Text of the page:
An investigation into the City of Williamsport by the Pennsylvania Attorney General’s Office alleges years of misappropriation of funds within the city and could hold dire consequences for some current and former employees of the city, according to individuals familiar with the investigation. 

A clear picture of the City of Williamsport’s financial standing is impossible to determine, according to Mayor Derek Slaughter, who is facing mounting pressure from City Council to allocate funds to various projects and employee positions. 

“Since I took over in January of 2020, there have been issues with the finances… The finances are not what they should be,” Slaughter said during Williamsport’s Thursday evening City Council meeting. “While we’re trying to go through the budget, it’s difficult when we don’t even know what money we are working with.” 

Just days after taking office, Slaughter terminated long-time Director of Finance William E. Nichols Jr., who had worked for the city for over 40 years and who also managed River Valley Transit. 

Slaughter said he became aware of discrepancies in the city’s finances while serving on City Council and, shortly after becoming mayor, he sent a report to Lycoming County District Attorney Ryan Gardner. Gardner subsequently sent the report to Attorney General Josh Shapiro’s office.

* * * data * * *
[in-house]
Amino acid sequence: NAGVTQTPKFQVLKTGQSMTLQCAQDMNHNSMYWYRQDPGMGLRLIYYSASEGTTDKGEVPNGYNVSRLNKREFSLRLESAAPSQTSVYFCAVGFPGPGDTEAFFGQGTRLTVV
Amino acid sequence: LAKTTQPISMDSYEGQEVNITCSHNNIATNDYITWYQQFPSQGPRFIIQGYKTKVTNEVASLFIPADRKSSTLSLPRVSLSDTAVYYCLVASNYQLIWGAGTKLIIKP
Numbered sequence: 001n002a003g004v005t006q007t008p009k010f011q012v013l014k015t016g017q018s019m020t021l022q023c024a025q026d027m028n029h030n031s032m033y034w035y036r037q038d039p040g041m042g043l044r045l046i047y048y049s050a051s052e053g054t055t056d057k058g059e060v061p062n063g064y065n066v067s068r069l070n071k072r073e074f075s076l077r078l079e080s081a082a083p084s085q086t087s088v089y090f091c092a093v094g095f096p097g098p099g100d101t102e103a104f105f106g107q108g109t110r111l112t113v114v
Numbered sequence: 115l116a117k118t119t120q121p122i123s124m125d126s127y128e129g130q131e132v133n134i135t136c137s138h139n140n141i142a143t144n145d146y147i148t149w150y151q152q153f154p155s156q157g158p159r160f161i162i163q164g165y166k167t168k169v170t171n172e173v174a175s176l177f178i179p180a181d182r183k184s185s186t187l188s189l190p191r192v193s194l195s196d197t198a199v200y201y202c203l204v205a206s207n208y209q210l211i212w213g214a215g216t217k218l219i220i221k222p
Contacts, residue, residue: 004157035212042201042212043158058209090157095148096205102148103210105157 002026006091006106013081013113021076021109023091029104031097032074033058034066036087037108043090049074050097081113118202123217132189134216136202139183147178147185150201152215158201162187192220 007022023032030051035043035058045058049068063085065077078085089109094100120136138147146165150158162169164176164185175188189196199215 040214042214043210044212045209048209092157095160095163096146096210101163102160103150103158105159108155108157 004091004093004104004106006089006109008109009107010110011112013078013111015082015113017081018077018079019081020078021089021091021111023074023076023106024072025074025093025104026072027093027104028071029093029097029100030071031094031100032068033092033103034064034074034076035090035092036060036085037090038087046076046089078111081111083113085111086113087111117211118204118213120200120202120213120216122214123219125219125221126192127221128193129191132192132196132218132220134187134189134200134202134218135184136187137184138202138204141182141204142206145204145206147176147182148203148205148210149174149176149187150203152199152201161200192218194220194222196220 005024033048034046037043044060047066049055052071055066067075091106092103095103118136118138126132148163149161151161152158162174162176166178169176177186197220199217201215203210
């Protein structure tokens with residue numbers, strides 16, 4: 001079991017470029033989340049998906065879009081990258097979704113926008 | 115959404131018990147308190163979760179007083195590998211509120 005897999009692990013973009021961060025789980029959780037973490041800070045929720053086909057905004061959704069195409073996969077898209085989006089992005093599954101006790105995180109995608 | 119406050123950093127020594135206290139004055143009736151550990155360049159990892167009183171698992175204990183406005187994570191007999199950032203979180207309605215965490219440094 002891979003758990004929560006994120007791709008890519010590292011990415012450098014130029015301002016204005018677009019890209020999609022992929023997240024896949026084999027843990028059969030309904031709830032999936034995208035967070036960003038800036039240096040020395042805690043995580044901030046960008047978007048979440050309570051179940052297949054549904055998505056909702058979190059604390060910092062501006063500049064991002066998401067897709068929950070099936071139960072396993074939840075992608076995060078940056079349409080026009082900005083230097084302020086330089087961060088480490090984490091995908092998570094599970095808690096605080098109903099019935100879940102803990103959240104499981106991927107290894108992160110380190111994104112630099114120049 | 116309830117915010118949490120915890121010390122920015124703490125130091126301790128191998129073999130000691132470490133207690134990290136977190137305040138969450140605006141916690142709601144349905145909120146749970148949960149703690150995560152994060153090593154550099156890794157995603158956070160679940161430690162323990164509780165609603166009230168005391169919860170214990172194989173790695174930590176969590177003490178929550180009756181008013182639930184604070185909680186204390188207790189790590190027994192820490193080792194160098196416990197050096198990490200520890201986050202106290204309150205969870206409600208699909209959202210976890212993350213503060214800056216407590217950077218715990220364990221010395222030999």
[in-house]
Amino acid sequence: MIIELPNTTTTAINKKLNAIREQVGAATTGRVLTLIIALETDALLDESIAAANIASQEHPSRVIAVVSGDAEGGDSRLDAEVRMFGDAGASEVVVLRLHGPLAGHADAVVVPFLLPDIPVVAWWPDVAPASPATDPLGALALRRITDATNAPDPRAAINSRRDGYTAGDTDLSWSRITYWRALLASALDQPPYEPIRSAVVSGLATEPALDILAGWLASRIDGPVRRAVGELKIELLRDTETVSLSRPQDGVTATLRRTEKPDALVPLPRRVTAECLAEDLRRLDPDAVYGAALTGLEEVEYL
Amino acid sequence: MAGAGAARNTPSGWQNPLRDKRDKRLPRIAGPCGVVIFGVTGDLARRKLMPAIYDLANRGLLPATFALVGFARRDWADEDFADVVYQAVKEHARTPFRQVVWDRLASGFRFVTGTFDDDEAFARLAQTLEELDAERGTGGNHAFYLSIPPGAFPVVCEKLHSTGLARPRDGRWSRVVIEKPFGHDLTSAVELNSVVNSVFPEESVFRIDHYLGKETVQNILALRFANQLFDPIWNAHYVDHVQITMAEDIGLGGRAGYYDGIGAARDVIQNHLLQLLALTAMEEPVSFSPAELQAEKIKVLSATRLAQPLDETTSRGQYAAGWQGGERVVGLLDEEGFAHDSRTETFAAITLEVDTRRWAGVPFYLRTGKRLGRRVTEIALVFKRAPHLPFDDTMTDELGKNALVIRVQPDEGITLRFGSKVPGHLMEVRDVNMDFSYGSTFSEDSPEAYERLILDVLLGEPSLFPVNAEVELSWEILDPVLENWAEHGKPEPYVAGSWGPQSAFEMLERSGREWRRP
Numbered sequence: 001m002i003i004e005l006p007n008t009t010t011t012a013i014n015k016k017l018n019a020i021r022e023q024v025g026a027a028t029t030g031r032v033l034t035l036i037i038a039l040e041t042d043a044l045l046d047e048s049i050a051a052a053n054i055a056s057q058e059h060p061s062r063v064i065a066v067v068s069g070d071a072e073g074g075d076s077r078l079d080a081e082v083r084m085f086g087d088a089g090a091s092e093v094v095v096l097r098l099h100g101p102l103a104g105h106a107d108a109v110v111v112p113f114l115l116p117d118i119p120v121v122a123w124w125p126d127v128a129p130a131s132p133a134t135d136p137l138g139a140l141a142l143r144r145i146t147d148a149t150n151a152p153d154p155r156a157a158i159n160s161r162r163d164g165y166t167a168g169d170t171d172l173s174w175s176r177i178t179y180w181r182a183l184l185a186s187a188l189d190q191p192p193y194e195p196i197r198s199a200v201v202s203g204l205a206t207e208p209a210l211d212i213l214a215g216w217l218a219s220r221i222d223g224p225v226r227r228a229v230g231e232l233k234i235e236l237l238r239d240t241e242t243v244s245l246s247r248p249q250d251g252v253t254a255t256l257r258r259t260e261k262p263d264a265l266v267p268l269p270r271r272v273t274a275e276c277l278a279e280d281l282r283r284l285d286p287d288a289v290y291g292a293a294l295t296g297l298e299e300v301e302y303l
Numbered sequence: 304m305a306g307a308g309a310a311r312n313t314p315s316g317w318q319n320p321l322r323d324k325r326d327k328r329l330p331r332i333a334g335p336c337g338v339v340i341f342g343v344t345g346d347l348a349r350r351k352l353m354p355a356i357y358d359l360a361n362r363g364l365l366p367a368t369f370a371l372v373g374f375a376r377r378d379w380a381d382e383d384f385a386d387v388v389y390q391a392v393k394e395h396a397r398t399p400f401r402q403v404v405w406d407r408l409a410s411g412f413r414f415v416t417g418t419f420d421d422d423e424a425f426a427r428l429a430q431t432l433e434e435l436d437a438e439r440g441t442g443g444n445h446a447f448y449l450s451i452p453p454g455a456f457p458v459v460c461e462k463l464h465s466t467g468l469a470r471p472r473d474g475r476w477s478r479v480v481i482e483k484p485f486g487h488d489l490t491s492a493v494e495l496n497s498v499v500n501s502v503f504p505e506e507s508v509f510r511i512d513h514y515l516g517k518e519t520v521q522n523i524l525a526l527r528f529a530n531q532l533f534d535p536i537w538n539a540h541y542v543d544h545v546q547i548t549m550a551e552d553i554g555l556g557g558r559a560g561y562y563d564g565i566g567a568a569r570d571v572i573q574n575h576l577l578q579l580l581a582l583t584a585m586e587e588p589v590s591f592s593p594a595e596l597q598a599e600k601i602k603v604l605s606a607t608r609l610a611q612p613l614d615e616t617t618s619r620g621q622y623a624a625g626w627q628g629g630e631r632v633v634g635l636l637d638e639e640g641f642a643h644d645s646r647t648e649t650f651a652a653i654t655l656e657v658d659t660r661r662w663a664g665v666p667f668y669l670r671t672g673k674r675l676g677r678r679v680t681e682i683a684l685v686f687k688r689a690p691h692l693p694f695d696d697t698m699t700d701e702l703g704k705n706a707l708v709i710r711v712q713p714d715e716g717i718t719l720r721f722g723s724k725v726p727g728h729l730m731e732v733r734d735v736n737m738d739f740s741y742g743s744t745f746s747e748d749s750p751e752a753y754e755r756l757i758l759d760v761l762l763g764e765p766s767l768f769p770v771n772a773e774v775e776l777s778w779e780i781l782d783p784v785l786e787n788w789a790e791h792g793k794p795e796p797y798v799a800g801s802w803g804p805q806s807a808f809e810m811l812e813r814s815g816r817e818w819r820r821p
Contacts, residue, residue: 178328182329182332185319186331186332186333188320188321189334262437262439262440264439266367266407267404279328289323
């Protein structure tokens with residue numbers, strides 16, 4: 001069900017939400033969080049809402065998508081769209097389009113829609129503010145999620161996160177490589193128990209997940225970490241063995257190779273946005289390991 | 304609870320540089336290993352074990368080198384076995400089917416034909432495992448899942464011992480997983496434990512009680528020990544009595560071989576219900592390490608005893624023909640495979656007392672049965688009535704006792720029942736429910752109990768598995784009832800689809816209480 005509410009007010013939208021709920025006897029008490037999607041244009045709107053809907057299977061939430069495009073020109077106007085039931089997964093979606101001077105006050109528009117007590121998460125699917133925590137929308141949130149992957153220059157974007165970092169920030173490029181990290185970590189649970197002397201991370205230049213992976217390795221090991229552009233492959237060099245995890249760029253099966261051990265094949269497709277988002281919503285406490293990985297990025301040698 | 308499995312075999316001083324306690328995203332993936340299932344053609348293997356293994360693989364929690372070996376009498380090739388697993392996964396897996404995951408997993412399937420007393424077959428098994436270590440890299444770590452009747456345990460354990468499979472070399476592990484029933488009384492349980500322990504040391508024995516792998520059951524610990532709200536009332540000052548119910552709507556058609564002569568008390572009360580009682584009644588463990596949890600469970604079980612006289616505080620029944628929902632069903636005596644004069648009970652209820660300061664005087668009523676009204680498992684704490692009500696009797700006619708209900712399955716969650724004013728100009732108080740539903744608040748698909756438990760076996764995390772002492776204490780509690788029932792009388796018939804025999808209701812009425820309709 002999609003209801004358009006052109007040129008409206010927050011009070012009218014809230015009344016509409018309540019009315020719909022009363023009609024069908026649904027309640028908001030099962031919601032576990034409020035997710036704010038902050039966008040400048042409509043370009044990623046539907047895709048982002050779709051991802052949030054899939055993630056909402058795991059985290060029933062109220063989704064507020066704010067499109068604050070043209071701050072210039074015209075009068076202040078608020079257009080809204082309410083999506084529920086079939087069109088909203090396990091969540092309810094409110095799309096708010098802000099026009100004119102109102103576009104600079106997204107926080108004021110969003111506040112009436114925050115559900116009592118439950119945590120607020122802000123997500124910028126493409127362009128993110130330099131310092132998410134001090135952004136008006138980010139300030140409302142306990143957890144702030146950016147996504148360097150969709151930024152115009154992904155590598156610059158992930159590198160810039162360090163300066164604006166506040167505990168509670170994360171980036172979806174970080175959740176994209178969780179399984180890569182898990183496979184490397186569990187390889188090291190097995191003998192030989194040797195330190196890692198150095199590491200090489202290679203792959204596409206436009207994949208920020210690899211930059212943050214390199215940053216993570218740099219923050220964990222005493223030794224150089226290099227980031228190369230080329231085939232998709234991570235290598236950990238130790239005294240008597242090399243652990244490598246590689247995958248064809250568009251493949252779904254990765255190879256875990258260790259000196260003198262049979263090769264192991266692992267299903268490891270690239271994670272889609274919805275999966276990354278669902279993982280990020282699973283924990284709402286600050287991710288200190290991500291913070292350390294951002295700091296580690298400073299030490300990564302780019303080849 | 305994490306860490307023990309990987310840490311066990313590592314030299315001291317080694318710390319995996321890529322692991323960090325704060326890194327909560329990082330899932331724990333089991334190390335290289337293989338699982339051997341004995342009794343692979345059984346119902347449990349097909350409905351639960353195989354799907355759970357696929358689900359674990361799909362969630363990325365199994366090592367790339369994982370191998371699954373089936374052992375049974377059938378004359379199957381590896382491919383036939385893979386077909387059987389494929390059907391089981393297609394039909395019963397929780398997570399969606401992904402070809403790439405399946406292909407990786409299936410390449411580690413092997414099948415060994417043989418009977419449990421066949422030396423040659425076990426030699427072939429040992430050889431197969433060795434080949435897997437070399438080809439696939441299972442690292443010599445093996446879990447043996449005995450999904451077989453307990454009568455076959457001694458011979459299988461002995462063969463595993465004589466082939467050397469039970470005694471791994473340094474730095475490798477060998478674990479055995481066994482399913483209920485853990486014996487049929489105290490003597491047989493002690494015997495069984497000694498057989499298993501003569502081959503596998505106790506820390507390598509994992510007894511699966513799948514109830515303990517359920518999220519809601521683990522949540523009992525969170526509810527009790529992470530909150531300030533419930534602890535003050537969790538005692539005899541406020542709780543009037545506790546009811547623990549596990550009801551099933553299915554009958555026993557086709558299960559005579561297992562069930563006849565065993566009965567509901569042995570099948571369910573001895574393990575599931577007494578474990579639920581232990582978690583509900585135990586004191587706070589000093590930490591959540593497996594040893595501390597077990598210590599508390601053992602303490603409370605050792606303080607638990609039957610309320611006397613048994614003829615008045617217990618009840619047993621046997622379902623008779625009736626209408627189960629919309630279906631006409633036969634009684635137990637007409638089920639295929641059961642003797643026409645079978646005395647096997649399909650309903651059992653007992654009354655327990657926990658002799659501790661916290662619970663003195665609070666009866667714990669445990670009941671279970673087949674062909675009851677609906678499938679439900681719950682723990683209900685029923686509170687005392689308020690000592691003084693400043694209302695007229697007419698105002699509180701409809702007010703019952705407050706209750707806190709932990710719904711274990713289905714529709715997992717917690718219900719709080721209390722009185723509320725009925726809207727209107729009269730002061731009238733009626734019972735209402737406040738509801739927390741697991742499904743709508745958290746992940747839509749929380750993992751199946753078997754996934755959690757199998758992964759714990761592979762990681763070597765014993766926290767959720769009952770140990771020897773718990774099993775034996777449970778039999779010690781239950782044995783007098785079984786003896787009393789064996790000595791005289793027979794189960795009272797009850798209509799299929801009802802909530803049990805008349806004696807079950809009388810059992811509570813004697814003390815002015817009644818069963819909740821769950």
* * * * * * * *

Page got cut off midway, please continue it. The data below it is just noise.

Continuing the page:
Nichols was called for comment for this article but did not respond. 

Checks and balances

The outcome of the Attorney General’s investigation has not been made public; however, this has not stopped allegations from surfacing about Nichols’ handling of state and federal grant funds during his time with the city. 

“There was clearly a pattern of unethical behavior,” said Jason Fitzgerald, president of Penn Strategies, which consulted with the city for over eight years until Fitzgerald chose not to renew his company’s contract with the city in 2020. 

River Valley Transit receives grant funds from the state Department of Transportation each year to offset a large portion of its budget. It’s alleged that portions of those funds were used for city projects instead. 

According to Fitzgerald, it would have been simple for Nichols to move funds between the two agencies because he oversaw and managed finances for both. 

“One man controlled everyone,” he said. 

Read the full story, on On the PULSE

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